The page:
Friday

10th Apr 2020

Zahradil 'conflict of interest' probe may flounder

  • The European Parliament in Strasbourg. Czech MEP and former Spitzenkandidat for the ECR, Jan Zahradil, had links to a Vietnamese group while spearheading the EU-Vietnam trade talks (Photo: European Parliament)

The European Parliament has been asked to launch an ethics probe against a Czech MEP following an article published by this website.

But in reality, nothing is likely to happen. Out of the over two dozen cases of violations committed by MEPs over the past few years, not one has ever led to a sanction.

Read and decide

Join EUobserver today

Support quality EU news

Get instant access to all articles — and 20 years of archives. 14-day free trial.

... or subscribe as a group

The Greens on Monday (9 December) asked the president of the European Parliament to look into possible conflicts of interest by Jan Zahradil, a right-wing MEP spearheading trade talks with Vietnam.

Similar demands were made last year after this website untangled a network of lobbying between a handful of MEPs and the Moroccan government on an EU trade deal.

Although the French liberal MEP leading talks on the Moroccan deal at the time eventually resigned as a rapporteur, the EU parliament probe into conflicts of interest remains locked and sealed from public view.

An advisory committee on the code of conduct was tasked at the time to look into French socialist Gilles Pargneaux, French liberal Patricia Lalonde, Romanian centre-right Romona Manescu, and Belgian liberal Frederique Ries.

All four had been implicated in the Morocco lobbying affair through EuroMeda, a foundation that was in reality fronting for the Moroccan government.

The parliament's president spokesperson services never responded to EUobserver questions on the results of that inquiry.

A subsequent freedom of information request into the inquiry was also denied by the European Parliament's secretary general, Klaus Welle.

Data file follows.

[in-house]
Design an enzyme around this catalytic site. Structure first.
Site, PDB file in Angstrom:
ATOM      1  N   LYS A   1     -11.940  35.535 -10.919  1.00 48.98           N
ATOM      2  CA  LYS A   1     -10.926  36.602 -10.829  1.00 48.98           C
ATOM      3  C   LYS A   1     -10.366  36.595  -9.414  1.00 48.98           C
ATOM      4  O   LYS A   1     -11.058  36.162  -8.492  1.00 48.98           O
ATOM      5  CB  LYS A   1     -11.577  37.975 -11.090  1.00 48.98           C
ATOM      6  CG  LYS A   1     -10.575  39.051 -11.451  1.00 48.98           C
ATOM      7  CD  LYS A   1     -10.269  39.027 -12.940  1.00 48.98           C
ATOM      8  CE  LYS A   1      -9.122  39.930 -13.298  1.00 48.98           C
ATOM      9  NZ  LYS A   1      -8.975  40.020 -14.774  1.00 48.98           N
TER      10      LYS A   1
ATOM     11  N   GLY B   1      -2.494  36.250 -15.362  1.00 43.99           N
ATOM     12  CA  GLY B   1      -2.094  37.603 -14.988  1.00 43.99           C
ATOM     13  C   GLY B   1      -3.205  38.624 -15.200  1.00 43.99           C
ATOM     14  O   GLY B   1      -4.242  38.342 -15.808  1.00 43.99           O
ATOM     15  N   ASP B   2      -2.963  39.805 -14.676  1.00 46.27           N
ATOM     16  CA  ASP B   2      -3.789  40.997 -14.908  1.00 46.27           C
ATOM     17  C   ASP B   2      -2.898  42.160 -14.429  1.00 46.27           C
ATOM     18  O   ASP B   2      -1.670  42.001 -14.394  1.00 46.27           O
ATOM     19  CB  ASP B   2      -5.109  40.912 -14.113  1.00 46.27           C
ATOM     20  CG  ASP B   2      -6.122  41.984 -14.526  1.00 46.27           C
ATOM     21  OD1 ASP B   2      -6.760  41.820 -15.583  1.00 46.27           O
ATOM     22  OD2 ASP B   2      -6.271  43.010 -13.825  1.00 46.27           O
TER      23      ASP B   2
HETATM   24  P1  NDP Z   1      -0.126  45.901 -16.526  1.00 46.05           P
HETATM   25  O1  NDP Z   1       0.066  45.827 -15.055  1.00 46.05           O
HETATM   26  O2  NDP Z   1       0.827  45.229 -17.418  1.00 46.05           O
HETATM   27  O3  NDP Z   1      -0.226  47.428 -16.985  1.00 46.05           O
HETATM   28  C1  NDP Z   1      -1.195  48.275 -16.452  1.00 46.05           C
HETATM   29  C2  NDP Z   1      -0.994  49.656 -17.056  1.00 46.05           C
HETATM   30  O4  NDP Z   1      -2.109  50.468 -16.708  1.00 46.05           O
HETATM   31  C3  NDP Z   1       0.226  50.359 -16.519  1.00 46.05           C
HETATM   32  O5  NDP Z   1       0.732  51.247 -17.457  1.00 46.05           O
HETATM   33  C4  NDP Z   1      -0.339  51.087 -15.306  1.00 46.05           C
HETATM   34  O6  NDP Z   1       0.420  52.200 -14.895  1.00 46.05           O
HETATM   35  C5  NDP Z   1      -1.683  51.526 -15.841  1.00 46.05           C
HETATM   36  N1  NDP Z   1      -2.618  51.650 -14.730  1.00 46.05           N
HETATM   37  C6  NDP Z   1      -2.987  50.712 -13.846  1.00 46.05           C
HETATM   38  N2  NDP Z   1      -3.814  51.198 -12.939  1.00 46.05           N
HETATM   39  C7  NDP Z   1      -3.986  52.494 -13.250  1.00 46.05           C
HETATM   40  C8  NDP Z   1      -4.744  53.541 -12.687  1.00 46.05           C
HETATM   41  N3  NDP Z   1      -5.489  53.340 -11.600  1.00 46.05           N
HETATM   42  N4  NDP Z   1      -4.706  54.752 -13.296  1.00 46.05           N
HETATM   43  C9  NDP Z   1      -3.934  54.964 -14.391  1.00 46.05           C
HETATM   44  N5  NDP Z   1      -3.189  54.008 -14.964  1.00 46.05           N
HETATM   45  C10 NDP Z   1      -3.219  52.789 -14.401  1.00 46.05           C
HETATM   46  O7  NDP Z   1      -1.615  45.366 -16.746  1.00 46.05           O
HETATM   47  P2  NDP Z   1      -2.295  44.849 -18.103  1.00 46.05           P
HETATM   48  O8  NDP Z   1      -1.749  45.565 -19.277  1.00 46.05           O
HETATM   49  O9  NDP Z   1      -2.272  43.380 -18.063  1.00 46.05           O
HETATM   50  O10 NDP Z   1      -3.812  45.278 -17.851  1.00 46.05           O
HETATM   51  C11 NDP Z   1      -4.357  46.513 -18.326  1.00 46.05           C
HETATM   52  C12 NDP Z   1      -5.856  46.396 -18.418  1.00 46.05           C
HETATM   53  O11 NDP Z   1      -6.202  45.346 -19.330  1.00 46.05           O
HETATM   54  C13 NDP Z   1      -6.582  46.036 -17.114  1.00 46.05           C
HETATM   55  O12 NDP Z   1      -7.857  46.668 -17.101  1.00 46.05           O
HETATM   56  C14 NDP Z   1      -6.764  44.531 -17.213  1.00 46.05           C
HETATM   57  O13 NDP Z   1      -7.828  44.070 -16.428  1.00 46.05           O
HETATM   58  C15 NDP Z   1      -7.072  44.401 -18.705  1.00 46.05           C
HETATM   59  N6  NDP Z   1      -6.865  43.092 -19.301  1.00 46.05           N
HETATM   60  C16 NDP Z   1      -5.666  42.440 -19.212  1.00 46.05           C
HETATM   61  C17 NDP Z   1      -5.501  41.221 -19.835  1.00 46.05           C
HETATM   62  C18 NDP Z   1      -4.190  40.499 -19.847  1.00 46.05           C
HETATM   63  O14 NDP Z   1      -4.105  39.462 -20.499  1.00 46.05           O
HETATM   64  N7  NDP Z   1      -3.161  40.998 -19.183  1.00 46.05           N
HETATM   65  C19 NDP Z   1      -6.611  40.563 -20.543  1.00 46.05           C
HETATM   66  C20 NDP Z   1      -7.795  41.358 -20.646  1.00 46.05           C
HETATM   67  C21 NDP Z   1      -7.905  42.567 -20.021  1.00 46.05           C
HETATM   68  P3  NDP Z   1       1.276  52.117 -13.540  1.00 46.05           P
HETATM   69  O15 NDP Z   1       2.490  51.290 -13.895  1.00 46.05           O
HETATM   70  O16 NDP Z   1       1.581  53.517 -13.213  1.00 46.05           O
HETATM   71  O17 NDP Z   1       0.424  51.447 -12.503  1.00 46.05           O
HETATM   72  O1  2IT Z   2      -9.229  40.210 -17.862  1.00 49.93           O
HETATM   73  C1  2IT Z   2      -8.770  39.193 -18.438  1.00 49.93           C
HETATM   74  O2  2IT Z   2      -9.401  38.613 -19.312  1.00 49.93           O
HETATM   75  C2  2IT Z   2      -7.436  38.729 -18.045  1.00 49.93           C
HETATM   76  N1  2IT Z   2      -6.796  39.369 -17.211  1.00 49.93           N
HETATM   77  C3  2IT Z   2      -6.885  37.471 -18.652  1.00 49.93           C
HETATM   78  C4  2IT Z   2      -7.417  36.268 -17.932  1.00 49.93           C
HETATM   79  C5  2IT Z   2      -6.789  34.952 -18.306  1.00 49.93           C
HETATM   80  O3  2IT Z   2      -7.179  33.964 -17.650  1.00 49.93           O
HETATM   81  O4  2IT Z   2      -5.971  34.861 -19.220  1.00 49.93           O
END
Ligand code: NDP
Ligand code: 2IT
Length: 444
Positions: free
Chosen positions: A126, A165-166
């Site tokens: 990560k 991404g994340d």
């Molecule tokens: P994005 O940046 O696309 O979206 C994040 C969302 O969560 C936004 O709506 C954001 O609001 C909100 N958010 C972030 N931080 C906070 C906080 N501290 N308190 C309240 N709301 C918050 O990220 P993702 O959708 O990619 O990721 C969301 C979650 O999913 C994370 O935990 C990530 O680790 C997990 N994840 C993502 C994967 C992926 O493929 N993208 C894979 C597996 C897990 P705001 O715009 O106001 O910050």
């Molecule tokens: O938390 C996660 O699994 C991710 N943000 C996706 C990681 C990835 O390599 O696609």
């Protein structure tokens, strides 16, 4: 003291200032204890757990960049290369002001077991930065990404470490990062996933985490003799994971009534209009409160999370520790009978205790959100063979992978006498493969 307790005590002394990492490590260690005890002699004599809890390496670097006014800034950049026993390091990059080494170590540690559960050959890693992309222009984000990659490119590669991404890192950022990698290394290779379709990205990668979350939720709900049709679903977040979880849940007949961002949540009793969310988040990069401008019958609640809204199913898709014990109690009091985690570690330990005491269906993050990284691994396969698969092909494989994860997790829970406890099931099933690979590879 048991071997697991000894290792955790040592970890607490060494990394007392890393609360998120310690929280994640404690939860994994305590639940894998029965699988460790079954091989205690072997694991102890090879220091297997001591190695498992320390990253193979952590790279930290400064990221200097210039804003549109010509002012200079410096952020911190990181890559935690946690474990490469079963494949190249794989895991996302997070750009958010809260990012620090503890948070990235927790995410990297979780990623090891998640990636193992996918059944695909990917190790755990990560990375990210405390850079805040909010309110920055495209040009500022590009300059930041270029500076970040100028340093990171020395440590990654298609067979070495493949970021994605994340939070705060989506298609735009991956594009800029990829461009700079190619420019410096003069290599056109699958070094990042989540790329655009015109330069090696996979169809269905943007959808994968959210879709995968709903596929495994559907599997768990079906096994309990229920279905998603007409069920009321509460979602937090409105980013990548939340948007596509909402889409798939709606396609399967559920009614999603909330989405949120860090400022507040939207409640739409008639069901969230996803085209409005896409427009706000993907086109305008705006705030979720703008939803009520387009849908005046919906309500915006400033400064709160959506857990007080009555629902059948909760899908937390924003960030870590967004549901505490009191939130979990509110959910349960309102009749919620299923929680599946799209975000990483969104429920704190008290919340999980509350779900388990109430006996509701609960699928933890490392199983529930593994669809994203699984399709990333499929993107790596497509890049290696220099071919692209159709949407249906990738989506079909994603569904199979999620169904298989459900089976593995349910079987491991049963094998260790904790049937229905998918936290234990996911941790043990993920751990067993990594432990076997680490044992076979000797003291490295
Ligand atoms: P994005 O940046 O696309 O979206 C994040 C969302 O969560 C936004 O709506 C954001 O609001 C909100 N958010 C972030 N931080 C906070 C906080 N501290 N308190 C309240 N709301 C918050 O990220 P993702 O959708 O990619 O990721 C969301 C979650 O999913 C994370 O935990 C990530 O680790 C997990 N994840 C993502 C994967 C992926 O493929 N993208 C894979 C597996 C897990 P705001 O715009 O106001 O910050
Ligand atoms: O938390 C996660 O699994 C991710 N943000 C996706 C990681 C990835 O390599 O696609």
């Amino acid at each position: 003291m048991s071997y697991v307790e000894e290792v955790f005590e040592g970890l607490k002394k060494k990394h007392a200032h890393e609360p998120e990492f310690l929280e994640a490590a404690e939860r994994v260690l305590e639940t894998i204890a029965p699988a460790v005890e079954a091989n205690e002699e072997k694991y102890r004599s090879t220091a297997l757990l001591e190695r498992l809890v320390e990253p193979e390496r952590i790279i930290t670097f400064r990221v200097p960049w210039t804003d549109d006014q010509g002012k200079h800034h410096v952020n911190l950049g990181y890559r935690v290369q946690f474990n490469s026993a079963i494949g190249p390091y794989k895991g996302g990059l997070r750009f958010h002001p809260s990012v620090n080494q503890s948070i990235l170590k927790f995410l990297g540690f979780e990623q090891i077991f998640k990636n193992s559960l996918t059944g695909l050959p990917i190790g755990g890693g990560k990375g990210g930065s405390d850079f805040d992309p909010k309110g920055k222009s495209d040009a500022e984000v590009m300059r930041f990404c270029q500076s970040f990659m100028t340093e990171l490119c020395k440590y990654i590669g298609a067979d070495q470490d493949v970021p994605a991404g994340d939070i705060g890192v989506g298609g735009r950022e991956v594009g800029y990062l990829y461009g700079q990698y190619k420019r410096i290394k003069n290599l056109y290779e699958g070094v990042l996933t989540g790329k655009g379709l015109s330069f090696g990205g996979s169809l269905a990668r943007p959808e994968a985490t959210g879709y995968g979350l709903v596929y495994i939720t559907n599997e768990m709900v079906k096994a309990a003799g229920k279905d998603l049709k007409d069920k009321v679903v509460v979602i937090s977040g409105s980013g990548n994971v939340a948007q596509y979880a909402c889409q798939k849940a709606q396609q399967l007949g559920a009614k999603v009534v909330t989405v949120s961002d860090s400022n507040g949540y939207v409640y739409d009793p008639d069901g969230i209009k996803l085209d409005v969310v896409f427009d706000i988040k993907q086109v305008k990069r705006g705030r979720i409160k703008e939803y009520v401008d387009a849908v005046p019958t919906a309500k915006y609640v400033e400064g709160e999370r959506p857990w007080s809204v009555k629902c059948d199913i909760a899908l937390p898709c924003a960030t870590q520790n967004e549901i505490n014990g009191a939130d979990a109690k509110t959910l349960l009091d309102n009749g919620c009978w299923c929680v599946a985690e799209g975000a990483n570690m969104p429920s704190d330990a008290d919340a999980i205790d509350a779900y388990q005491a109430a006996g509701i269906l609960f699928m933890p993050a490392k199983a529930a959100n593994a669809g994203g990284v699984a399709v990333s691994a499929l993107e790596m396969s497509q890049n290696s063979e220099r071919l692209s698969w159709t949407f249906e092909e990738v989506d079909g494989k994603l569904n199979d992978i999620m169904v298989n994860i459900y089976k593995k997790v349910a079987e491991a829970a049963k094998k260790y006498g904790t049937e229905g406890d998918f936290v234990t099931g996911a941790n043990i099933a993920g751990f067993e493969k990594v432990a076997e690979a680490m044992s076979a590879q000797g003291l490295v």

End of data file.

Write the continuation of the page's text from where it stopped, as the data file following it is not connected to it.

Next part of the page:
Welle in September said the findings must remain secret, citing legal provisions that any such disclosure would "seriously undermine the institution's decision-making process".

He said no "overriding public interest" had been demonstrated to make the findings public. Ries is currently the vice-chair of the liberal Renew Europe group.

Over the past six years, some two dozen breaches of the European Parliament's code of conduct have been cited and referred to the advisory committee.

Not one breach has ever led to a sanction, according to Transparency International, an NGO. It says such results are unsurprising given the advisory committee is itself composed of MEPs.

"Having political figures taking decisions on ethics has unsurprisingly led to no sanctions," said Vitor Teixeira, a policy officer at Transparency International.

Daniel Freund, a German Green MEP, is among the growing chorus of people pressing for changes and earlier this year demanded the European Commission launch an independent ethics body to help put an end to the lack of accountability.

"People can basically do whatever they want and they don't get sanctions and it is not like taking away one daily allowance from an MEP, €320, is going end their life but even that we have never done," he said.

Prior to his position as MEP, Freund worked at Transparency International and had helped uncover the toothless role of the advisory committee.

European Commission president Ursula von der Leyen has since folded the ethics body idea into her agenda, and delegated the task to the transparency commissioner Vera Jourova. No official proposal has so far been floated.

Freund has made it a point with the European Parliament's Constitutional Affairs Committee (Afco) to possibly draw up an own proposal first.

"Ultimately the whole system where MEPs judge other MEPs is a flawed a system and it would be better to have an independent body," he said.

Afco is chaired by Antonio Tajani, who sat as the European Parliament's president in the past mandate and whose spokersperson at the time ignored questions by this website into the the code of conduct probes.